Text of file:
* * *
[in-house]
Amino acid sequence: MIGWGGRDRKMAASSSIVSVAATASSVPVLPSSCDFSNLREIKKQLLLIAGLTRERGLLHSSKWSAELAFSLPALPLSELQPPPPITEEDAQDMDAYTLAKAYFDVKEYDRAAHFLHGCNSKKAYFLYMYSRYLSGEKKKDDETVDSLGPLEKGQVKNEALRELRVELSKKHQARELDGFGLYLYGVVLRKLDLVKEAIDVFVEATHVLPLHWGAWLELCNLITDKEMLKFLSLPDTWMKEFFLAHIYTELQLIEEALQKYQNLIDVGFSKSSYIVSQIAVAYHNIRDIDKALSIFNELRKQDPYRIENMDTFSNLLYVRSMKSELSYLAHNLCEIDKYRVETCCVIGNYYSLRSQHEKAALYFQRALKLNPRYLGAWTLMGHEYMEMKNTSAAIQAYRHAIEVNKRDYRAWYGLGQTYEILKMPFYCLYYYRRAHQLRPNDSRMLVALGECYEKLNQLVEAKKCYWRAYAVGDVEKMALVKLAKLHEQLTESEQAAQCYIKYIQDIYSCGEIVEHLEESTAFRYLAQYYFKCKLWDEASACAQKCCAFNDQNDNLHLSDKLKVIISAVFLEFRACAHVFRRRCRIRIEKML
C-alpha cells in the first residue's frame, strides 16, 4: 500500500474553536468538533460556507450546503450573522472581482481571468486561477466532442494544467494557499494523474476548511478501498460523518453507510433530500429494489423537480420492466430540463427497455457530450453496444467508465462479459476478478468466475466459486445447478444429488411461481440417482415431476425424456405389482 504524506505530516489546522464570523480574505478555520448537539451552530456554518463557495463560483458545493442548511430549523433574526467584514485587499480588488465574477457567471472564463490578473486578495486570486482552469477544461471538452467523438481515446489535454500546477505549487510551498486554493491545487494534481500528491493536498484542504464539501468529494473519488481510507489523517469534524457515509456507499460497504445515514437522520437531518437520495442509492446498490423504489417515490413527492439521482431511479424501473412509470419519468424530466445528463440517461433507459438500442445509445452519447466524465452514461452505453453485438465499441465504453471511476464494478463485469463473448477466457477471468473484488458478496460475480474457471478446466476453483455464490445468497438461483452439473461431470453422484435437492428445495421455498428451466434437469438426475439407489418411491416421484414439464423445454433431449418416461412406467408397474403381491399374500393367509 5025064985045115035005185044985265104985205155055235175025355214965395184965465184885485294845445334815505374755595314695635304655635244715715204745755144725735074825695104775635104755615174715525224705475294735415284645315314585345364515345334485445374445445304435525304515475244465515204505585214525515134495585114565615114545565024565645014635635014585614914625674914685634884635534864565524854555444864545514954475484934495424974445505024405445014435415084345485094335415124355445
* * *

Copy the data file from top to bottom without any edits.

[in-house]
Amino acid sequence: MIGWGGRDRKMAASSSIVSVAATASSVPVLPSSCDFSNLREIKKQLLLIAGLTRERGLLHSSKWSAELAFSLPALPLSELQPPPPITEEDAQDMDAYTLAKAYFDVKEYDRAAHFLHGCNSKKAYFLYMYSRYLSGEKKKDDETVDSLGPLEKGQVKNEALRELRVELSKKHQARELDGFGLYLYGVVLRKLDLVKEAIDVFVEATHVLPLHWGAWLELCNLITDKEMLKFLSLPDTWMKEFFLAHIYTELQLIEEALQKYQNLIDVGFSKSSYIVSQIAVAYHNIRDIDKALSIFNELRKQDPYRIENMDTFSNLLYVRSMKSELSYLAHNLCEIDKYRVETCCVIGNYYSLRSQHEKAALYFQRALKLNPRYLGAWTLMGHEYMEMKNTSAAIQAYRHAIEVNKRDYRAWYGLGQTYEILKMPFYCLYYYRRAHQLRPNDSRMLVALGECYEKLNQLVEAKKCYWRAYAVGDVEKMALVKLAKLHEQLTESEQAAQCYIKYIQDIYSCGEIVEHLEESTAFRYLAQYYFKCKLWDEASACAQKCCAFNDQNDNLHLSDKLKVIISAVFLEFRACAHVFRRRCRIRIEKML
C-alpha cells in the first residue's frame, strides 16, 4: 500500500474553536468538533460556507450546503450573522472581482481571468486561477466532442494544467494557499494523474476548511478501498460523518453507510433530500429494489423537480420492466430540463427497455457530450453496444467508465462479459476478478468466475466459486445447478444429488411461481440417482415431476425424456405389482 504524506505530516489546522464570523480574505478555520448537539451552530456554518463557495463560483458545493442548511430549523433574526467584514485587499480588488465574477457567471472564463490578473486578495486570486482552469477544461471538452467523438481515446489535454500546477505549487510551498486554493491545487494534481500528491493536498484542504464539501468529494473519488481510507489523517469534524457515509456507499460497504445515514437522520437531518437520495442509492446498490423504489417515490413527492439521482431511479424501473412509470419519468424530466445528463440517461433507459438500442445509445452519447466524465452514461452505453453485438465499441465504453471511476464494478463485469463473448477466457477471468473484488458478496460475480474457471478446466476453483455464490445468497438461483452439473461431470453422484435437492428445495421455498428451466434437469438426475439407489418411491416421484414439464423445454433431449418416461412406467408397474403381491399374500393367509 5025064985045115035005185044985265104985205155055235175025355214965395184965465184885485294845445334815505374755595314695635304655635244715715204745755144725735074825695104775635104755615174715525224705475294735415284645315314585345364515345334485445374445445304435525304515475244465515204505585214525515134495585114565615114545565024565645014635635014585614914625674914685634884635534864565524854555444864545514954475484934495424974445505024405445014435415084345485094335415124355445